Harry Zerbo was like many other second-generation Italians in mid-'50s Detroit. He was a World War II veteran, he worked in the cement business and he loved to play handball. But it was an out-of-the-ordinary hobby that led Zerbo to discover his life's work—founding and operating Zerbo's Health Foods in Livonia, Mich.
"Harry raised chinchillas for their fur, and he was always trying to find the best ways for them to have shinier, softer coats," says Zerbo's grandson, Ryan Adams. "He ended up giving them a supplement."
Adams isn't sure what that supplement was, but family legend says that Harry's chinchillas were well-behaved, sold first and went for the most money. This was great for Zerbo (not so great for the chinchillas), and it helped spark his interest in nutrition.
He sought advice about vitamins and minerals from a biochemist in Detroit. Intrigued by the information, Zerbo decided that supplements might help his wife, Yolanda, who was suffering from a heart condition. Her illness improved, according to Adams, and Zerbo became a true believer in the power of diet and nutrition to help people.
He began having regular meetings at his home to talk about a health product, probably something similar to a multi-level marketing product today, Adams says. The gatherings grew, inspiring Zerbo to open Zerbo's Health Foods in 1958 as a "tiny" vitamin shop, Adams says.
Many of the initial customers would come in to talk about their health, vitamins and minerals, and what to buy, and Zerbo would give them foot massages. An avid learner, he studied reflexology and other complementary health therapies.
"This man lived and breathed taking care of people, bringing them something they needed," says Clara Zerbo Adams, Harry's daughter. Harry, who passed away in 2005 at age 88, worked at the store until he was 84. The market is now owned by Clara and her children Ryan and Shannon Adams Faunt, who continue Zerbo's tradition of helping people improve their lives.
"The majority of our customers are coming here because they're having a problem, and they know about it, and they want to reverse it," Adams says. Like his grandfather, Adams is happy to help his customers each day: "I feel like I'm making a difference, and it's not just a 9-to-5 job," he says.
Adams started working in the family business after graduating from college eight years ago. Because he wanted to learn the business from the ground up, he began as a pricer. His timing was perfect. In 1997, Zerbo's completed its second expansion of the original location on the corner of Plymouth and Stark roads. The store didn't have a computerized point-of-sale system, and Adams came in to help modernize and grow the business. His family could see that health food retailing had grown well beyond the days of small vitamin shops: "It was going toward one-stop shopping," he says.
With the larger format, Zerbo's moved directly into the grocery business. "I think it was at the right time because products now are better than they were. They're better tasting, and there's more variety," Adams says.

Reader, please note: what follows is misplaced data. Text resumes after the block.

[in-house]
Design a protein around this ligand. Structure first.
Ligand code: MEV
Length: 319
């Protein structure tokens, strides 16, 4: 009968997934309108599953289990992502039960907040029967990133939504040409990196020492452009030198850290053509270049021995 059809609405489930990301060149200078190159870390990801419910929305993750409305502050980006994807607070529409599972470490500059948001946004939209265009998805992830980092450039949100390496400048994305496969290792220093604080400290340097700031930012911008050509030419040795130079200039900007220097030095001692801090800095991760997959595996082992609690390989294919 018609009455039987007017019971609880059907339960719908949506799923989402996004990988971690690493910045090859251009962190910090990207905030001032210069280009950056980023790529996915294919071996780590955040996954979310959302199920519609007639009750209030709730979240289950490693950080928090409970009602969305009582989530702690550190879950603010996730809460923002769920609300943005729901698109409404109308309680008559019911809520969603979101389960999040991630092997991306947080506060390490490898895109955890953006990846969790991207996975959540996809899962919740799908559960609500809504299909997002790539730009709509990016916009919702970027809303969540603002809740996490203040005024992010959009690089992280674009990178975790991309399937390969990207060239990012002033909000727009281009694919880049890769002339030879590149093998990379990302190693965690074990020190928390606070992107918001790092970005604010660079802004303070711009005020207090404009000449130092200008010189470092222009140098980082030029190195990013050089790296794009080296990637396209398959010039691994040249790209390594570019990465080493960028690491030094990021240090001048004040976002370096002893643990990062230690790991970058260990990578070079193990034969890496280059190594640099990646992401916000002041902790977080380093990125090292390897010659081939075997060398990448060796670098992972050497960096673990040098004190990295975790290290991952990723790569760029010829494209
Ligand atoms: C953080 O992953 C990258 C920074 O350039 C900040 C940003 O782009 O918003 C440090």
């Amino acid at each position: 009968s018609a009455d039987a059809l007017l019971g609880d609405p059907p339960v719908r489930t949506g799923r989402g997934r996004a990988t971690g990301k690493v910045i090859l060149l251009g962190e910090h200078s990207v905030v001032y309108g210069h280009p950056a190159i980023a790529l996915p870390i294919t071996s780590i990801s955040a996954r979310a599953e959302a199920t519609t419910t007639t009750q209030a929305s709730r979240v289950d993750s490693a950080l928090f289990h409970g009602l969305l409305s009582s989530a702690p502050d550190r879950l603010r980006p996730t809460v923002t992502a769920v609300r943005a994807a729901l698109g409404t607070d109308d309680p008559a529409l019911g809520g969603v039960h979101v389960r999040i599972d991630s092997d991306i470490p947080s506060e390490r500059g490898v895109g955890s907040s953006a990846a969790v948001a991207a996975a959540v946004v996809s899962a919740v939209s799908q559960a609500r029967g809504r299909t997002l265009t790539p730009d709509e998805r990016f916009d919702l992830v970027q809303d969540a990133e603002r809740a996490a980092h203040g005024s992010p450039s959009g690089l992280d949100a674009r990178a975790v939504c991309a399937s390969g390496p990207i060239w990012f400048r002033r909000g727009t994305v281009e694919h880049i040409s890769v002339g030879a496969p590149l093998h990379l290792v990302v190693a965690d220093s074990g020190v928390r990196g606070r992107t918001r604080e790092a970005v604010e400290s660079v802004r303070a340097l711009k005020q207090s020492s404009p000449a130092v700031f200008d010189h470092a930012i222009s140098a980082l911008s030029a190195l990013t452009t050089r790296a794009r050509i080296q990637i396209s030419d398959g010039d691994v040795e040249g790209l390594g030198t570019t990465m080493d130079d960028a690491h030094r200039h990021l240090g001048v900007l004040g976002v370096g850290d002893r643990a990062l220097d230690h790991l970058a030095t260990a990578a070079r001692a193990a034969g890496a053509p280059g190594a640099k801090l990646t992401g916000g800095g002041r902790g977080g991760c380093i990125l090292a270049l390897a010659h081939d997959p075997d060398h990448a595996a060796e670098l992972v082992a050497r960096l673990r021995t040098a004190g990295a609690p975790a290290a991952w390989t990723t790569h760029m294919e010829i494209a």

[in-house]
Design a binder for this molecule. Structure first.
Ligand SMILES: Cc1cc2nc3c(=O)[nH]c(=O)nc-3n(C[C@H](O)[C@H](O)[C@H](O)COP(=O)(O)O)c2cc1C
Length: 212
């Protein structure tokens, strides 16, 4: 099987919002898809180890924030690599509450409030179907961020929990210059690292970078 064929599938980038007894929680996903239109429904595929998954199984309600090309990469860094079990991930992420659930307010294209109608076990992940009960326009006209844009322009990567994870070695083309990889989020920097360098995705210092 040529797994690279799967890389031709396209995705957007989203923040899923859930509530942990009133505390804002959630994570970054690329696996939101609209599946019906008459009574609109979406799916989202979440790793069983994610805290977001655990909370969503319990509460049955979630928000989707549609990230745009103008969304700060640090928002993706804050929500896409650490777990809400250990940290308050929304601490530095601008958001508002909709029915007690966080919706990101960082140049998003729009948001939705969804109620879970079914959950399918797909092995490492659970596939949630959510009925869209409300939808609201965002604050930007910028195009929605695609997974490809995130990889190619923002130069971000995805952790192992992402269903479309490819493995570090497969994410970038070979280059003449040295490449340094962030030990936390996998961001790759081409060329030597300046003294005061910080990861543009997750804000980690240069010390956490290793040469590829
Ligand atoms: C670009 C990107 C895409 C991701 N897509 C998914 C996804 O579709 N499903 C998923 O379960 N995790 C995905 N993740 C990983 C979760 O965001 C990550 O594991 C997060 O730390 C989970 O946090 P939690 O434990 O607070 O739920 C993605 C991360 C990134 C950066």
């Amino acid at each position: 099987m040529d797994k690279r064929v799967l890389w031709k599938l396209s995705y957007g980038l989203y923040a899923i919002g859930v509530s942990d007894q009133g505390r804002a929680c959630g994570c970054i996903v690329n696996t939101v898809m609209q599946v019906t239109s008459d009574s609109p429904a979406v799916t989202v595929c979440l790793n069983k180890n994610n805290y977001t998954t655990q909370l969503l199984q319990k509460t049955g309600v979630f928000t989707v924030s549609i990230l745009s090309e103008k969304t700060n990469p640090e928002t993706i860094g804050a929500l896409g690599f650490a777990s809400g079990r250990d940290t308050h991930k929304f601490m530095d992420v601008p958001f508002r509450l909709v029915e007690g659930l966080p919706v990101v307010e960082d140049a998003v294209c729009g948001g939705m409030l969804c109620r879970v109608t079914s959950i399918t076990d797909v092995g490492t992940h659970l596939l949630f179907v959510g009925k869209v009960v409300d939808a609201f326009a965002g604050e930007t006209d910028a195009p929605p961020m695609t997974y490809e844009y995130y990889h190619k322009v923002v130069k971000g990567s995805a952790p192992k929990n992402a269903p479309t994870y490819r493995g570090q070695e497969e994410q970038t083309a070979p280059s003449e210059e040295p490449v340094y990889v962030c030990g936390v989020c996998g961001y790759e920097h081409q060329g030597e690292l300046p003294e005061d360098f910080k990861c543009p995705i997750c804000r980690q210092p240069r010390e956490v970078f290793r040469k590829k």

At 11,250 square feet, the current version of the store feels spacious and clean. A long set of windows running above the shelves brings in natural light. The product selection retains its original vitamin and supplement focus, but now about half the store is devoted to food, essentially offering the same variety of SKUs as much larger grocery stores but with a strict focus on natural and organic. A separate room contains most of the store's refrigerated and frozen items.
Harry Zerbo wanted to include organic produce as early as the 1960s because he believed nutrition from food was as important as supplementation, but he ran into problems with quality and consistency of fresh fruits and vegetables, according to Zerbo Adams. "We would drive out to the airport and never knew what we'd get and if it would still be good." Zerbo's waited to offer organic food until the supply became more reliable, she says.
Another reason the store began stocking groceries was that supplements were becoming available in other stores and over the Internet. Zerbo's reduced its margins for supplements but increased profits in the grocery section and juice bar.
The 42-member staff is ready to answer questions in between managing and stocking shelves. Adams says the store averages more than 600 customers daily, so a sizeable staff is necessary. "We're making sure people are serviced. It's a specialty store, and people have questions," he says.
If the staff can't help, there's a large reference section with a reading table near the back of the store where customers can browse natural-healing books. The juice bar toward the entrance is stocked with organic fruits and vegetables. It's busiest during lunch hours, Adams says, as many local workers come in for a healthy pick-me-up.
Zerbo's also offers lectures and can accommodate up to 30 people. A recent lecture featured a naturopath from California who discussed the benefits of seaweed and plankton.
Being healthy in Detroit isn't always easy. The metro area was built for cars, not for walking or biking. "We are the fattest, most depressed people in the country because of the air quality, the water quality and lack of sunlight," Zerbo Adams says. "But we have supplements and food that has real nutrition, so people who want to be healthy anyway have that option."
Steve Taormina is standards manager for New Hope Natural Media. Additional reporting by Lisa Ganz.
Natural Foods Merchandiser volume XXVII/number 8/p. 54